We haven't seen this one before

The garages at 1834-48 Frankford Ave., built in the 1920s, are fine enough buildings, and they were most recently home to an auto shop on one side and the Philadelphia Sculpture Gym on the other. Developers bought the property earlier this year and have plans to demolish the building and build a mix of 41 condos and rentals in its place. Now is probably a good time to mention that OCF Realty, owner of this website, is the broker on the project. A couple of weeks ago, we learned that local historian Ken Milano had nominated 1834-48 Frankford Ave. to be added to the Historic Register, but not because he's particularly interested in the hundred year old building.

1834-48 Frankford Ave.

The process to nominate a property to the Philadelphia Historic Register is overwhelming, requiring copious research, historic photographs and maps, detailed analysis, and a bibliography that would make your high school english teacher proud. It falls upon the nominator to make the case that a potentially historic property fulfills one or more of the ten criteria for historic designation. We've seen many properties go before the Commission, and in our experience, most of the properties nominated to the register have been added.

This is generally a good thing, as nominators tend to offer up properties that should be maintained and preserved. Philadelphia has a ton of architectural history, and we've unfortunately seen too many wonderful buildings face the wrecking ball in recent years. We confess though, the situation around the nomination of 1834-48 Frankford Ave. is something we've never seen before.

Homes replacing a sauerkraut factory

In the spirit of the recently finished National Spelling Bee, we found ourselves struggling to spell the word 'sauerkraut' on this fine morning. Unlike those kids though, we have the crutch of spellcheck, so we didn't even need to ask someone to use it in a sentence. But we digress.

AC Kissling made tons and tons of sauerkraut at 161 E. Allen St. over the decades, with the family business finally selling out to a larger company at some point in the last few years. In 2013, their space on Allen Street went on the market, with the half-acre site listed for sale for $1.5M. At the time, we predicted that a developer would tear down the building and build homes in its place. A little over a year ago, we aggressively patted ourselves on the back when we learned that developers had presented plans to the community for eighteen new homes at this location. That plan now has the necessary approvals, and the old kraut palace is getting torn down.

Apartments? New homes? We dunno

We've had a couple of readers reach out to us in the last few weeks, wondering about construction at 2318 E. York St., a corner lot that functioned for many years as a side yard for lovely old brownstone.

In the past
Current view of the property

Developers bought the property about a year and a half ago, paying $650K for the large parcel. Then they subdivided the lot, chipping off the aforementioned brownstone to create a new corner property that's a little over 3,000 sqft in size. With multi-family zoning, there are numerous options for the parcel. The developers can build four homes pretty easily, or they could opt for apartment buildings instead. We saw a plan about a year ago with two buildings with nine units that look like condos, but we're not sure exactly what the final plan will entail. Does anyone in the neighborhood have some insight?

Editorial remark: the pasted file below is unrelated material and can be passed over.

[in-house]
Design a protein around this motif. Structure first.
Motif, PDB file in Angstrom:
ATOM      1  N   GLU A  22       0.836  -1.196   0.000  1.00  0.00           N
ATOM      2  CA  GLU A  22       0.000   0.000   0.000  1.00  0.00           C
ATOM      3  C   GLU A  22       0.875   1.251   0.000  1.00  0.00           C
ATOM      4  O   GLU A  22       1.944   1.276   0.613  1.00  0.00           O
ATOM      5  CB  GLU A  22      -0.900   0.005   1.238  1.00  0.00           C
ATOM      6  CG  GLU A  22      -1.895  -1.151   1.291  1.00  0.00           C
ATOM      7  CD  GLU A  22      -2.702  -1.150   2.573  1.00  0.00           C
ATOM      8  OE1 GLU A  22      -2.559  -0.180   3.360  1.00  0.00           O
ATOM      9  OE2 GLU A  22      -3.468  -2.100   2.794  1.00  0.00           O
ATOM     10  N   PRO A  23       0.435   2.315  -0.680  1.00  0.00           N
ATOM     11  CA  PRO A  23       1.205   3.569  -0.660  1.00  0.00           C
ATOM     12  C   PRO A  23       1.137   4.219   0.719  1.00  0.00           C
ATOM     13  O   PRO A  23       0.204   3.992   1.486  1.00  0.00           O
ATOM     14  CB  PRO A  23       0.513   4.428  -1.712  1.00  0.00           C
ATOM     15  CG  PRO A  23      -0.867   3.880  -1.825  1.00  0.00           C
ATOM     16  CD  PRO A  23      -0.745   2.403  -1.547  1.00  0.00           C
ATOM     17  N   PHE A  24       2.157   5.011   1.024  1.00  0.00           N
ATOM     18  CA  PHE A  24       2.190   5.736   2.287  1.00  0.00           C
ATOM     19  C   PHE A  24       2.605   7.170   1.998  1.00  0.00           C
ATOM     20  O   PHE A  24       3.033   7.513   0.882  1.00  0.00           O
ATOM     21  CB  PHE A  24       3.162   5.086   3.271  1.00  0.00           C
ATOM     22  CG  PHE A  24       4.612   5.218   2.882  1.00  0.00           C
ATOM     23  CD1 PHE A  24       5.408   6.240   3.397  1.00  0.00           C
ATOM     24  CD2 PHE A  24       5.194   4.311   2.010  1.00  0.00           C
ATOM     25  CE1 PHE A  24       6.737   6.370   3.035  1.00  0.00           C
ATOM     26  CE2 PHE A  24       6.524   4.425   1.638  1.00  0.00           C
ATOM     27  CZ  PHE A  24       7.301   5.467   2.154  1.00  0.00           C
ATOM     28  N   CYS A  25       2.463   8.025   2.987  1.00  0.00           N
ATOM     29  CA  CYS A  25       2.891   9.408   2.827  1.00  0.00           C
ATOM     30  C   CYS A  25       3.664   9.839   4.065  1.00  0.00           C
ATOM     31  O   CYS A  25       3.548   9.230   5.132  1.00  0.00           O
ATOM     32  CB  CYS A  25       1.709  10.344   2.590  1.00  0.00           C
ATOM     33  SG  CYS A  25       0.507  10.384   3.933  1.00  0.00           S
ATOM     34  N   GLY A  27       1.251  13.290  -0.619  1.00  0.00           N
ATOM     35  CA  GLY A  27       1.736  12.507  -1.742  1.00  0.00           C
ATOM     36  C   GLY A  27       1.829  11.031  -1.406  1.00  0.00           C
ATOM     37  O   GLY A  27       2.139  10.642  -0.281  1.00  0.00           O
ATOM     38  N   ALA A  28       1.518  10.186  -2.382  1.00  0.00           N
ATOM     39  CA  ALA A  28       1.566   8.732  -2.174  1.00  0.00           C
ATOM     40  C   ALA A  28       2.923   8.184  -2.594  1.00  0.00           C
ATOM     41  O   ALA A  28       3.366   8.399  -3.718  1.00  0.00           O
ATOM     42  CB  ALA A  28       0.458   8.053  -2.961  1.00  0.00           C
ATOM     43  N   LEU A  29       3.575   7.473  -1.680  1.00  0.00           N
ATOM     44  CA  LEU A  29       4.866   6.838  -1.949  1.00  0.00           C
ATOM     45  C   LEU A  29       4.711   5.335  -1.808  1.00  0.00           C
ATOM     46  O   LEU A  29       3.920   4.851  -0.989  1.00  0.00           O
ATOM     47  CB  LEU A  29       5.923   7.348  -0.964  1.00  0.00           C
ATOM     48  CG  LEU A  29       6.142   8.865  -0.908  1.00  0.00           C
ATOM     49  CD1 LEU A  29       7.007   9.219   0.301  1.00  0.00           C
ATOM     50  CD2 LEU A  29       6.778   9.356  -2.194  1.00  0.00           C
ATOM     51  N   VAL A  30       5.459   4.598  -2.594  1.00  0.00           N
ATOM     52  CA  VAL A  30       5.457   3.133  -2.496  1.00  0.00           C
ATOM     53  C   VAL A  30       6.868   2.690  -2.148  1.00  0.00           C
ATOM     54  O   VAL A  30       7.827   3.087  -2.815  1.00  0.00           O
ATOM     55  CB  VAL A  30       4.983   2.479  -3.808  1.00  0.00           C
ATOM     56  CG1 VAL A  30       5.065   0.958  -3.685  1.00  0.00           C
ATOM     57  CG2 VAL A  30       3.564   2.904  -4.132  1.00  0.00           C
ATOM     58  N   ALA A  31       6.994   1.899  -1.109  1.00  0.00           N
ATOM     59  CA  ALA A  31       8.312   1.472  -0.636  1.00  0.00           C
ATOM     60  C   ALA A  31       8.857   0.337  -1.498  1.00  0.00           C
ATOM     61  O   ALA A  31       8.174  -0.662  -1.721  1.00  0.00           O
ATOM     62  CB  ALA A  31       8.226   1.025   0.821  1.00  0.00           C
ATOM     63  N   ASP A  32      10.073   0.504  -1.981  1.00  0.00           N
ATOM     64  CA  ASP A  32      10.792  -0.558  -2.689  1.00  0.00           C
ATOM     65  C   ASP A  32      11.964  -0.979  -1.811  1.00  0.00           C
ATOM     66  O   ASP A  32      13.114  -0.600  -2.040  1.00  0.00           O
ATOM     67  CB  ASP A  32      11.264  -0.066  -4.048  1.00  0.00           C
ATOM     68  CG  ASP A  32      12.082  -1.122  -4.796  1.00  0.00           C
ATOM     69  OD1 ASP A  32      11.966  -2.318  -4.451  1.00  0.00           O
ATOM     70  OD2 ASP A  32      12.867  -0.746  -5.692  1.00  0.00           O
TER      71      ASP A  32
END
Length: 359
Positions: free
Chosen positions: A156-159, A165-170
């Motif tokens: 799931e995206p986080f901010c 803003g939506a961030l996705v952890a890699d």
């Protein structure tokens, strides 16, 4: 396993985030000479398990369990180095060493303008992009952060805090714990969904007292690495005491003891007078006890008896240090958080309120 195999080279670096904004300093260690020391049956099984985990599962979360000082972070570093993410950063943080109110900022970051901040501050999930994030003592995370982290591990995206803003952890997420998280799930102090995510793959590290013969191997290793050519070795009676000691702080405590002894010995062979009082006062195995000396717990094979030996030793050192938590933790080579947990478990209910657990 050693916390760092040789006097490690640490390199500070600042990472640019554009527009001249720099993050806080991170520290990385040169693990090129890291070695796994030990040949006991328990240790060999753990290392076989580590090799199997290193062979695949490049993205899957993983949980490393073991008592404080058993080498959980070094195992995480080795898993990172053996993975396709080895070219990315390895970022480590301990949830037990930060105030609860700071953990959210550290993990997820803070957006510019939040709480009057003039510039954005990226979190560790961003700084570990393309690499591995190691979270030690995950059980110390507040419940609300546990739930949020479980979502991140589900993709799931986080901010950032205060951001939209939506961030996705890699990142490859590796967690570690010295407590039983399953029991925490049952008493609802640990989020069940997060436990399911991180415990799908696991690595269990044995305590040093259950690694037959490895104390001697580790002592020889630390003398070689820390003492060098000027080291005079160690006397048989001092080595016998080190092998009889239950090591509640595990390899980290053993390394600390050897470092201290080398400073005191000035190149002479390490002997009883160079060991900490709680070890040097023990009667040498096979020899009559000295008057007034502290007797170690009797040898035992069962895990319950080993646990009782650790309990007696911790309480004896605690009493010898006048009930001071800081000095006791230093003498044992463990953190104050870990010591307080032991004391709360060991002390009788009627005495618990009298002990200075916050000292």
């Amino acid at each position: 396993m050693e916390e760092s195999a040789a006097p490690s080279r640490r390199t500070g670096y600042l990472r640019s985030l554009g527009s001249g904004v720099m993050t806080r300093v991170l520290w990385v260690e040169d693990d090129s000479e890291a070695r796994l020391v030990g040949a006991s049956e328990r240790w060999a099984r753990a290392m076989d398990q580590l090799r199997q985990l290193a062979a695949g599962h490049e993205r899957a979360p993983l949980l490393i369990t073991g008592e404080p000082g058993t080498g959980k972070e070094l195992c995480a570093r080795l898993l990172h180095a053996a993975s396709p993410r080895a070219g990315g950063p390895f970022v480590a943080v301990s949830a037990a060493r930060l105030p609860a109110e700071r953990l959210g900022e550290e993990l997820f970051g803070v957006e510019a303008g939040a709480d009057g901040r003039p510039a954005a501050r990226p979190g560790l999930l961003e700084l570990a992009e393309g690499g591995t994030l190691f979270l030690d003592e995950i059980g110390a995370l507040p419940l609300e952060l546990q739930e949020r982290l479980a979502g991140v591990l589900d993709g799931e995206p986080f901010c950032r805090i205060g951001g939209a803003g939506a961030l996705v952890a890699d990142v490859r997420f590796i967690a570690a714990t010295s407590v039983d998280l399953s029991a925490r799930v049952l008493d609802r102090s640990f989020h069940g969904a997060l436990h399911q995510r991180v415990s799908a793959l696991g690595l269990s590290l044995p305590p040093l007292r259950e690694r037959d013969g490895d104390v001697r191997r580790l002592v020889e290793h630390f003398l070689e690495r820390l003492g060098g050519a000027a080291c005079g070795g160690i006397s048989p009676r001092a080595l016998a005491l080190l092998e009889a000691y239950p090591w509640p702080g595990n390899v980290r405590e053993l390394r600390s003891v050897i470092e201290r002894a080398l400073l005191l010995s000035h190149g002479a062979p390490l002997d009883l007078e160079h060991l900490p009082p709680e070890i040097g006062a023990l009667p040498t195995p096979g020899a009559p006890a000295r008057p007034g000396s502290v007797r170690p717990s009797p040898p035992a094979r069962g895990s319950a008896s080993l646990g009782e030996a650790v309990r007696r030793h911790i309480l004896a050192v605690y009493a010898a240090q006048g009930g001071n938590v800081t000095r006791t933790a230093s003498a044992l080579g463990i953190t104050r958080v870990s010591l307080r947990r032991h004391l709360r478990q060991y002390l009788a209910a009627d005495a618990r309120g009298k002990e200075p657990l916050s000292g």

And some more homes nearby

The building that last housed the Grace of God Church of Deliverance at 2121 E. Cumberland St. is no more. In fact, it was demolished several months ago, we just didn't get over there to snap a photo since the demolition took place until the other day. The building was quite sizable and its absence is very apparent.

The view in the past
Current view

When we last visited this corner about half a year ago, we shared news of the Parish House project from Red Oak Builders, the back of which you can see in the photo above. That very cool project, in case you don't remember, will mean the renovation of the church's former parish house into five townhomes. Also as part of that project, the developers have renovated a building next door to the old parish house on Firth Street and they're building a new single-family home on Cumberland.

We're honestly not sure

The same reader that gave us the heads up about the upcoming Fishtown Residence project on the 2300 block of E. York Street was also wondering about a seemingly stalled construction project across the street. 2365-67 E. York St. is a double-wide garage that looks like it housed an auto shop at some point and maybe a car wash more recently (thanks, sign). According to a Philadelinquency story, the building also contains a rear apartment that was at one time rented to an individual that engaged in some objectionable activities. Currently, both garage door openings are covered in plywood.